Co-authors of the paper include: Joel Berger of the University of Montana, Missoula and the Wildlife Conservation Society; Steve Cain of Grand Teton National Park; Ellen Chang of Ugyen Wangchuck Institute for Conservation and Environment (Bhutan); Peter Dratch of the U.S. Fish and Wildlife Service; Kevin Ellison, World Wildlife Fund; Steve Zack of the Wildlife Conservation Society; John Francis of the National Geographic Society; Herbert C. Frost, Gary Machlis and Scott Gende of the National Park Service; Craig Groves of The Nature Conservancy; William A. Karesh of Ecohealth Alliance; Elaine Leslie of Biological Resource Management Division of the National Park Service, Ft. Collins; Rodrigo A. Medellin of Instituto de Ecologia (Mexico); Reed F. Noss of University of Central Florida, Orlando; Kent H. Redford of Archipelago Consulting; Michael Soukup of Schoodic Education and Research Center (Maine); and David Wilcove of Princeton University.
Scott Smith | EurekAlert!
Marine vessel tracking system also a lifesaver for wildlife
12.02.2016 | Wildlife Conservation Society
Stability in ecosystems: Asynchrony of species is more important than diversity
12.02.2016 | Technische Universität München
Today, plants and microorganisms are heavily used for the production of medicinal products. The production of biopharmaceuticals in plants, also referred to as “Molecular Pharming”, represents a continuously growing field of plant biotechnology. Preferred host organisms include yeast and crop plants, such as maize and potato – plants with high demands. With the help of a special algal strain, the research team of Prof. Ralph Bock at the Max Planck Institute of Molecular Plant Physiology in Potsdam strives to develop a more efficient and resource-saving system for the production of medicines and vaccines. They tested its practicality by synthesizing a component of a potential AIDS vaccine.
The use of plants and microorganisms to produce pharmaceuticals is nothing new. In 1982, bacteria were genetically modified to produce human insulin, a drug...
Atomic clock experts from the Physikalisch-Technische Bundesanstalt (PTB) are the first research group in the world to have built an optical single-ion clock which attains an accuracy which had only been predicted theoretically so far. Their optical ytterbium clock achieved a relative systematic measurement uncertainty of 3 E-18. The results have been published in the current issue of the scientific journal "Physical Review Letters".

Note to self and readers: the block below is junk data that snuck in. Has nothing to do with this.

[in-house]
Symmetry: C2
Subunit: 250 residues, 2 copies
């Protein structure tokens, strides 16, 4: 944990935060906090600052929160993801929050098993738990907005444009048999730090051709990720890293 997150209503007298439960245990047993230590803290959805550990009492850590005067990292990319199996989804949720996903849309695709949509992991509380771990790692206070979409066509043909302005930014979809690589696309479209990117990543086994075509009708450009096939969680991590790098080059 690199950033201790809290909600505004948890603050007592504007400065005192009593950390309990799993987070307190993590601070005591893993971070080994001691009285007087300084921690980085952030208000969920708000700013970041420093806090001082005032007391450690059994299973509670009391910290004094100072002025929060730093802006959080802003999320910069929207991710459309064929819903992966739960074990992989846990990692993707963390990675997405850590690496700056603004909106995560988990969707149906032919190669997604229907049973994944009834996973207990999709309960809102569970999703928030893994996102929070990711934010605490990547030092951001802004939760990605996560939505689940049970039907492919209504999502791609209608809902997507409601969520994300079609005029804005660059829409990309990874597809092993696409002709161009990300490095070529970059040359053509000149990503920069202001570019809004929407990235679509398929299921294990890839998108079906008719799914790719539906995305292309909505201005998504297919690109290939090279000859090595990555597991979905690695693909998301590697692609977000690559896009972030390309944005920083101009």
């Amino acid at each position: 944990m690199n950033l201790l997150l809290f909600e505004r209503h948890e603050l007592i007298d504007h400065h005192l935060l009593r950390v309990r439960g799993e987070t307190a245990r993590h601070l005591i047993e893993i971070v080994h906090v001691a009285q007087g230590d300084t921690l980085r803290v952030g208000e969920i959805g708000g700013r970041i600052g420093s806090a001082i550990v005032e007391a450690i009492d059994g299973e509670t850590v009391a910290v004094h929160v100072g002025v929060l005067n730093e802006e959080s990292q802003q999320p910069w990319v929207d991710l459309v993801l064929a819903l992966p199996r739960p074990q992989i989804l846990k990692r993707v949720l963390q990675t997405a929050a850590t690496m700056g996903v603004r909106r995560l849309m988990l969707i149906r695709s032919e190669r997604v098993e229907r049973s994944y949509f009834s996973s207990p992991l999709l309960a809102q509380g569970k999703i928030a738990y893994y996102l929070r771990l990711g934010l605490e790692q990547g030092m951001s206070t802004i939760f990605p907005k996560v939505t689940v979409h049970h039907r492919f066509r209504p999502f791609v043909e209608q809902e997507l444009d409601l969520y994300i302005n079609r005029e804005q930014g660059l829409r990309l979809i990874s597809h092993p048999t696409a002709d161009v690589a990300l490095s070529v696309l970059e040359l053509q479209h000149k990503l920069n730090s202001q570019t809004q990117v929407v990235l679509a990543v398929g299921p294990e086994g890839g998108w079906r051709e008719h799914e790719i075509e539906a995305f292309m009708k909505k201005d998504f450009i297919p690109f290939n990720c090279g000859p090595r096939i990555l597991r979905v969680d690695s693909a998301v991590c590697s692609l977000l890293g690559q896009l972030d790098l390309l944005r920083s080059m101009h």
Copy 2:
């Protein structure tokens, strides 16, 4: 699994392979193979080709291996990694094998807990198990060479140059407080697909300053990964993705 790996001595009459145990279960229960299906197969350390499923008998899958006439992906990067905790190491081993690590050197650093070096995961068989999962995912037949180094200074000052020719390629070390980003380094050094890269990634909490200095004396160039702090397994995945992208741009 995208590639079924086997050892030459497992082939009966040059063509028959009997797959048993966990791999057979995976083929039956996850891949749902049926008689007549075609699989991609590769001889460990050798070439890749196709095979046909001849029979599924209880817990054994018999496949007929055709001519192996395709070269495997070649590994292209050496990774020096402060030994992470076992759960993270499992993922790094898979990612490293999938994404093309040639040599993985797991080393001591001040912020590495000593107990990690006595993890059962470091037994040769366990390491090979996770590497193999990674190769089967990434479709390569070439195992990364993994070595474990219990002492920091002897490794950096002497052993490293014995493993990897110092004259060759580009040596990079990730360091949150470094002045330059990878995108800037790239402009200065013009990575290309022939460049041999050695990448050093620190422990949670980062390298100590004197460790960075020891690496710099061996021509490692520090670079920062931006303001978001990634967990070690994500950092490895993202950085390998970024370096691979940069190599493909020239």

Atomic clock experts from the Physikalisch-Technische Bundesanstalt (PTB) are the first research group in the world to have built an optical single-ion clock...
The University of Würzburg has two new space projects in the pipeline which are concerned with the observation of planets and autonomous fault correction aboard satellites. The German Federal Ministry of Economic Affairs and Energy funds the projects with around 1.6 million euros.
Detecting tornadoes that sweep across Mars. Discovering meteors that fall to Earth. Investigating strange lightning that flashes from Earth's atmosphere into...
Physicists from Saarland University and the ESPCI in Paris have shown how liquids on solid surfaces can be made to slide over the surface a bit like a bobsleigh on ice. The key is to apply a coating at the boundary between the liquid and the surface that induces the liquid to slip. This results in an increase in the average flow velocity of the liquid and its throughput. This was demonstrated by studying the behaviour of droplets on surfaces with different coatings as they evolved into the equilibrium state. The results could prove useful in optimizing industrial processes, such as the extrusion of plastics.
The study has been published in the respected academic journal PNAS (Proceedings of the National Academy of Sciences of the United States of America).
Exceeding critical temperature limits in the Southern Ocean may cause the collapse of ice sheets and a sharp rise in sea levels
A future warming of the Southern Ocean caused by rising greenhouse gas concentrations in the atmosphere may severely disrupt the stability of the West...
12.02.2016 | Event News
09.02.2016 | Event News
02.02.2016 | Event News
12.02.2016 | Physics and Astronomy
12.02.2016 | Life Sciences
12.02.2016 | Medical Engineering